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On January 29, 2016, post-rock outfit Pandaléon launched its third album, Atone. It’s a solid, ambient rock offering that’s in good company with the likes of Sigur Ros, Kinski, Flaming Lips, Swans, et al. Without going as far as calling it a concept album, there’s clearly a thread that ties Atone together, a clear and unique art direction at play. The result is in no small part attributable to the peculiar path the trio and their sound engineer chose for recording these ten songs. They went back to their old primary school, which has been abandoned for about 15 years, and holed up there for five weeks. But to better understand this approach, we need to travel back in time…

Here, then, are three young men – aged 23, 24 and 25, respectively – who were raised in the countryside somewhere between Montréal and Ottawa. Brothers Frédéric and Jean-Philippe Levac grew up in St-Bernardin, where their parents and grandparents ran a dairy farm. Their friend Marc-André Labelle was born a few kilometres away, a village called L’Orignal (population 2,000). “We loved our childhood. It was the kind of environment where everyone contributes. Remote, but united,” says Fred.

Here, then, we have three young musicians who love to re-invent themselves, tweak sounds, and whose interest in composing and recording music is boundless. The two brothers start making music together early on. Frédéric plays keyboards and sings, Jean-Philippe plays drums. In their teens, they set up in an old barn on the family’s property and turn it into a rehearsal space, studio and even a small, intimate concert venue. They call it “La Piaule” (loosely translated, “The Pad”). That’s where they write all their music. It’s a lab. A hideout. Their paradise on Earth.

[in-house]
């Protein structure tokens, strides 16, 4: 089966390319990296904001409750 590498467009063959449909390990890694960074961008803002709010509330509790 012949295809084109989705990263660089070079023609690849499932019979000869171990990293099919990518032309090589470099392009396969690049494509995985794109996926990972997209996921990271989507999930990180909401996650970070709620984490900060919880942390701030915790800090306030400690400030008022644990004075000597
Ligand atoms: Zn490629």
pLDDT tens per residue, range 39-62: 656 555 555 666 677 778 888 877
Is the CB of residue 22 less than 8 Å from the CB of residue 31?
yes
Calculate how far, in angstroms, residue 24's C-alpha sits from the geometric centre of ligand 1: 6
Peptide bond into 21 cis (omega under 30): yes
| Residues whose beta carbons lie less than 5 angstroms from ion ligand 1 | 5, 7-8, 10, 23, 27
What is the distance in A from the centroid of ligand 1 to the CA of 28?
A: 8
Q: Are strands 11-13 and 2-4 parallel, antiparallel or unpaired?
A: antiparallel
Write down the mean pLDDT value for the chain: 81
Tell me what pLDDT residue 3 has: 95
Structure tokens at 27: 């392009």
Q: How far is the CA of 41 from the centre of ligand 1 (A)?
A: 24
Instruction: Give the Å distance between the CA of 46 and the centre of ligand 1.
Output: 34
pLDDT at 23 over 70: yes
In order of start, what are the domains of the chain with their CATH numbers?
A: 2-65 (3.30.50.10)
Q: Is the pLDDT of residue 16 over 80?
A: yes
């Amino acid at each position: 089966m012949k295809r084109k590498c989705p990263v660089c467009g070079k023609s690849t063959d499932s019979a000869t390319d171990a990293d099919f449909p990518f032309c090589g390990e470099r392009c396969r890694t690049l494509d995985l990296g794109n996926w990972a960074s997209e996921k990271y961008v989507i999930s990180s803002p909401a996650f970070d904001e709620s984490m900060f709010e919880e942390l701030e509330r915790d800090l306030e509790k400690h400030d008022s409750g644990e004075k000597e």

Marc-André Labelle enters their life at the end of high school. Right from the start, during his first visit at La Piaule, the Levac brothers are blown away by his playing and his personality. The chemistry is perfect, the band is born! “Being in a band is intense. We share a lot. You learn a lot about yourself and what type of musician you are. Each member has to be fully engaged, and that’s how it is for us,” says Fred over the phone from La Piaule. The fourth wheel of this well-oiled machine is Nicolas Séguin, a close friend and the band’s official sound engineer. He’s an integral part of the project, whether live or in the studio.

 CHILDHOOD NOSTALGIA

When the themes of childhood, the past and family come flowing out of Fred’s writing process, the trio decided that this time they wanted to step out of their comfort zone. “We go by our old primary school every day,” says Fred. “It’s a tiny rural school that had about 40 students back then, and they had to close it while my brother and I were attending. We knew the acoustics in that place would be awesome. We jumped on the opportunity.”

Pandaléon